A powerful new musical voice emerges from eastern Oregon
With just 2,000 residents, Enterprise, Oregon is the largest city in Wallowa County. It is surrounded by extensive cattle ranches and surrounded by the magnificent Wallowa Mountains and an eerie 8,000-foot-deep gorge called Hells Canyon that straddles the Idaho border to the east.
Despite this remoteness, it is also home to a musical community that nourishes the work of artists like Margo Cilker, whose first record “PohorylleWas released this week.
Cilker’s striking voice is the latest in a line of songwriters inspired by this wild corner of northeastern Oregon.
When folk musician Janis Carper moved to Enterprise from Seattle nearly 20 years ago, she made seven trips in a van filled with her family’s belongings. And every time she crossed the Minam River on Route 82, it hit her.
“Well, of course I was first in awe of nature – the beauty,” said Carper, who is the executive director of a regional nonprofit music organization called the Wallowa Valley Musical Alliance.
While the breathtaking landscapes of eastern Oregon provide great artistic inspiration, Carper insists that there is a trade-off for musicians who settle in this rugged location.
“It’s definitely a feeling of geographic isolation. People don’t come here to go anywhere because you can’t really get from here, ”she explained before adding“ except Hells Canyon and Snake River – you can just go past the edge!
Fellow musician and producer Bart Budwig believes that isolation also has its advantages.
“You have to be a little proactive towards the community. People are motivated to make it happen because they aren’t going to happen on their own, ”Budwig said.
Budwig speaks from experience. Since 2015 he has mainly lived and worked in the historic OK Theater in downtown Enterprise where he has recorded albums for musicians from across the country.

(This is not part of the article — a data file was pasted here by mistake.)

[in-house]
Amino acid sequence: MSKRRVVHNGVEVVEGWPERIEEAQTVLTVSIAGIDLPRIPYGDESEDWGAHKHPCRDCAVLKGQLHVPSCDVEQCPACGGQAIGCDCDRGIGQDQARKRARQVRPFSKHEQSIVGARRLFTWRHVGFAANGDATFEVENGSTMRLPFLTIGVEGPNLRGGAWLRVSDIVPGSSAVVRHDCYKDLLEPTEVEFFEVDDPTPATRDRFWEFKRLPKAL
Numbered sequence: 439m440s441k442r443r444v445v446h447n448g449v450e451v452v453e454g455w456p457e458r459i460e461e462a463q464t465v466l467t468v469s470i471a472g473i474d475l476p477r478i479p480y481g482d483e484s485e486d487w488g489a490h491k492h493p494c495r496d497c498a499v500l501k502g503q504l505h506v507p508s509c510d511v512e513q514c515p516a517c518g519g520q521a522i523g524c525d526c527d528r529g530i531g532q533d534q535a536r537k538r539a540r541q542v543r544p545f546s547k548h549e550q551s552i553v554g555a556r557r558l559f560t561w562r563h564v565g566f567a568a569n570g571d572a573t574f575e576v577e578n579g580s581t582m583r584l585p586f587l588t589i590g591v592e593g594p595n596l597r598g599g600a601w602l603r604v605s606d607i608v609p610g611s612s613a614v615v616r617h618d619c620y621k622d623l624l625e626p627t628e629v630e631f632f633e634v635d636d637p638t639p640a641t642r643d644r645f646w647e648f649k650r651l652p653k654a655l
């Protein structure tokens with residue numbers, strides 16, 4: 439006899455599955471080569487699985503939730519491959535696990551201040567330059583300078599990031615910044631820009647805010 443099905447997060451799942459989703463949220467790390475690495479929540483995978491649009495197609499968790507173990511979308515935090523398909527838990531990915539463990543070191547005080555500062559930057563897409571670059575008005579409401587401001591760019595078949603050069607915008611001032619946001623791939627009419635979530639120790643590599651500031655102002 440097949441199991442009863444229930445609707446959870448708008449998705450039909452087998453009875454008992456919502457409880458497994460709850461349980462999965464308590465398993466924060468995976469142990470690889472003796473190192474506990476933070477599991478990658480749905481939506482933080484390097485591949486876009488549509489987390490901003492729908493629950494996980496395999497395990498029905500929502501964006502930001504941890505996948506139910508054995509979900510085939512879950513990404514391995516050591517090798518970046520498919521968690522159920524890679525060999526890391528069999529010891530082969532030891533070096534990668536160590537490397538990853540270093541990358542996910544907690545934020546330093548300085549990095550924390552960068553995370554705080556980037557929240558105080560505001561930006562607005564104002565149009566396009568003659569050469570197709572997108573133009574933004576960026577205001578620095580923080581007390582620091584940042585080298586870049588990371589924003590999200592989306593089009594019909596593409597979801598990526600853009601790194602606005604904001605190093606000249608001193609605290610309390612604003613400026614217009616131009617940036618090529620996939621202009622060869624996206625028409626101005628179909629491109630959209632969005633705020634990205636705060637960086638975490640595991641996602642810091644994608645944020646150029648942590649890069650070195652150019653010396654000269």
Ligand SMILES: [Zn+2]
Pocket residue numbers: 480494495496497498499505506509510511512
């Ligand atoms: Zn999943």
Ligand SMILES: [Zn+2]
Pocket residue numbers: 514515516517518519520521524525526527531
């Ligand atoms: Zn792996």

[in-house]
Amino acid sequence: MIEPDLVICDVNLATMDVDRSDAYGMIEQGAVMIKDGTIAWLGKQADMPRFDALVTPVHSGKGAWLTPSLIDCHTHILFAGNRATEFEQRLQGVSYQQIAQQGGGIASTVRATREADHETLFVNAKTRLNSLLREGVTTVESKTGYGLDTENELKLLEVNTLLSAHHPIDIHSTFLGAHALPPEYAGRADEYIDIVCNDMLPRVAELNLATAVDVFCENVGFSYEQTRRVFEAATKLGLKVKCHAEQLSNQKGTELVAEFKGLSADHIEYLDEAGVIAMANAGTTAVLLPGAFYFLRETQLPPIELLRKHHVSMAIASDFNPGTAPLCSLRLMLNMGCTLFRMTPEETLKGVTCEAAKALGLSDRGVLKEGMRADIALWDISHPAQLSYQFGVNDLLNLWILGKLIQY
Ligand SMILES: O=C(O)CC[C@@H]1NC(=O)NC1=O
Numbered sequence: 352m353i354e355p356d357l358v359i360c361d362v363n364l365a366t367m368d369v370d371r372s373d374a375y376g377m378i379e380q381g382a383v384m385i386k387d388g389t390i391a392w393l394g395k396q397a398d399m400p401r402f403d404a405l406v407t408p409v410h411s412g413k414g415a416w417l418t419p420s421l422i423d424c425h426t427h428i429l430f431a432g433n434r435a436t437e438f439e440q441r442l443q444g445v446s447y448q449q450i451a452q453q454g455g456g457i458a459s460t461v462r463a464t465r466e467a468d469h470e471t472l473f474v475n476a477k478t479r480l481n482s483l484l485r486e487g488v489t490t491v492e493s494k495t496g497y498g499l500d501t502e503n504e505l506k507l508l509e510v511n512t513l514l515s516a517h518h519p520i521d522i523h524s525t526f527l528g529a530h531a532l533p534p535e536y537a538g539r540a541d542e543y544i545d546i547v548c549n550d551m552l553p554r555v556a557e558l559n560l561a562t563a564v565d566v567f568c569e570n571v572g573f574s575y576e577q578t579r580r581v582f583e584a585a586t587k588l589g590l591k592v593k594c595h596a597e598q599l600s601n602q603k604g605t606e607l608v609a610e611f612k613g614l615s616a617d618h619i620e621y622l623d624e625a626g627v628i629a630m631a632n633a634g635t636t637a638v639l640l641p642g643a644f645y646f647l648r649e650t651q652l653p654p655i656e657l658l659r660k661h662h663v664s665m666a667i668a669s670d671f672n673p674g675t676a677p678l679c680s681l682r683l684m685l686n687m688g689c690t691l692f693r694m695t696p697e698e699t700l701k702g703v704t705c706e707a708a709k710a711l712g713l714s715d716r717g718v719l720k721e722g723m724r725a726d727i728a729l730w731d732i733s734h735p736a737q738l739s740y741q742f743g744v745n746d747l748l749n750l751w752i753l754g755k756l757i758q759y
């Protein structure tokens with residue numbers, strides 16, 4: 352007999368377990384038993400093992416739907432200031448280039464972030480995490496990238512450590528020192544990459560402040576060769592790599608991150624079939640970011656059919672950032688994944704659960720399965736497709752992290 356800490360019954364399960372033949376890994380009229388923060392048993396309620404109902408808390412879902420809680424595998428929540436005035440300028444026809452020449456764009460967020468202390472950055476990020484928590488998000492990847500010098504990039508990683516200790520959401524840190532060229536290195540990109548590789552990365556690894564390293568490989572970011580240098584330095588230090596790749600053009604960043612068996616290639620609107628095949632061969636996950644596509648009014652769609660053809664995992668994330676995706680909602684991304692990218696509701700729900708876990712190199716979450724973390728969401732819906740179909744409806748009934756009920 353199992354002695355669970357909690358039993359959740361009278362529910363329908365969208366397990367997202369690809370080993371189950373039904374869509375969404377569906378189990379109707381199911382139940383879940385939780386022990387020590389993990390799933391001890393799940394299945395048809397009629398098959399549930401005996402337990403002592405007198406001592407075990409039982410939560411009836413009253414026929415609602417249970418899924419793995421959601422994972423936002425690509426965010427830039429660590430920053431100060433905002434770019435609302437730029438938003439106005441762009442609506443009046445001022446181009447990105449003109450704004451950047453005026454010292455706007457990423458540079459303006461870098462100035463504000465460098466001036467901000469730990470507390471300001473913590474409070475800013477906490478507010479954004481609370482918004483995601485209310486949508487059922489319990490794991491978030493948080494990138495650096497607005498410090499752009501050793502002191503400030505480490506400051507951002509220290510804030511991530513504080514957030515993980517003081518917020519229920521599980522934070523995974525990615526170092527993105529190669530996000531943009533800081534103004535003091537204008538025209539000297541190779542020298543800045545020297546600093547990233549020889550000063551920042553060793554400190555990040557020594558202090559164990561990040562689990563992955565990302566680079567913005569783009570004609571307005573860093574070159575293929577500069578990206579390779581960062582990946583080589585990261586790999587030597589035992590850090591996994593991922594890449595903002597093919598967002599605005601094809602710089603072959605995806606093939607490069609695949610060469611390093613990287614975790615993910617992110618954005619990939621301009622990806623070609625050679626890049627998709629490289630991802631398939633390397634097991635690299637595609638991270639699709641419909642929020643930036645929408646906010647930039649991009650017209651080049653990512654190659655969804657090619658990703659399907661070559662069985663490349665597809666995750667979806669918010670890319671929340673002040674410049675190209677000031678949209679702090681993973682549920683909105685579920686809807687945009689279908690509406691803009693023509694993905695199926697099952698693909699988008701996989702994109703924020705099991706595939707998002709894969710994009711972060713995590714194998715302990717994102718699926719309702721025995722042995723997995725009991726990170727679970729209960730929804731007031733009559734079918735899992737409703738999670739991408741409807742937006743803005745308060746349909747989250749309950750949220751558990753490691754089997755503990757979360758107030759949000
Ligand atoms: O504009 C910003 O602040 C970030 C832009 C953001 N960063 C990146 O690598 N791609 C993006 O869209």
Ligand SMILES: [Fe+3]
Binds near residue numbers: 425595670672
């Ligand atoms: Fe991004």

In recent years, the OK Theater has also served as a rallying point for a tight-knit group of songwriters loosely bound by a love of intelligent lyricism and classical Western music.
“The music coming out of Wallowa County is not frantic,” Budwig said. “I feel like it’s ingrained and ingrained and often comes from personal experience. “
Budwig cites his fellow musician Cilker and his song “Brother Taxman Preacher” as a shining example of this sound. It’s a blunt, yet funny, critique of male-dominated rural power structures disguised as honky-tonk jam. In the song’s lyrics, she calls out to religious leaders and even her own brother.
“I am sorry, [but] no one is safe, ”Cilker said with a laugh. “You are not safe. My friends are not safe. You can always end up in a song.
Cilker, who has worked as a waitress in local restaurants and more recently on a poultry farm, is fascinated by the people she meets in everyday life.
“And that’s why I love music and songwriting, is because it’s fun profiling people. I like to meet colorful characters. I could strike up a conversation with the wall.
Cilker’s enthusiasm for documenting the human condition has won his followers far beyond the shadow of the Wallowa Mountains, including respected Seattle-based musician Sera Cahoone.
“I love his lyrics,” Cahoone said. “She is witty. She’s just a great songwriter. It was pretty immediate for me. I was like ‘Whoa, that’s such a delicate saying you did there!’ So I knew she had something special going on.
Cahoone produced Cilker’s debut album, “Pohorylle”. The new album features 11 songs punctuated by bar piano, steel pedal guitars and bouncy horn arrangements. But surprisingly, Cahoone’s favorite song is also one of the simplest: a creepy confessional called “Flood Plain”.
Cilker wrote the article about her relationship with her husband Forrest Van Tuyl, a musician who seasonally works on horseback as a professional cowboy. It’s a mind-blowing performance that showcases his versatility as an observational writer who can also look within.
“Yeah, it’s just a song about marriage,” Cilker said. “It’s a song about giving yourself space. It’s a powerful message of ‘things are really tough right now, but I’m not letting go’. I’ll hang on. I got this picture of a rubber band – sometimes someone has to walk around. If you must ramble, row. Go and come back. This is the kind of mercy that I would like someone to offer me too.
2022 is shaping up to be an exciting year for Cilker, who recently signed a record breaking contract with Fluff and Gravy, Portland based label. She and Van Tuyl plan to spend the winter on a ranch near the Columbia River Gorge before going on tour together. It’s a much-needed break after two years of isolation imposed by COVID-19 on Enterprise, which is already one of the most isolated places in the country.
But after this long hike, Cilker plans to return to the great outdoors of the American West.
“I mean, why shouldn’t someone live in the middle of nowhere – the center of the universe – and make art?” “
Margo Cilker stars in Portland at Polaris Hall Sunday November 14.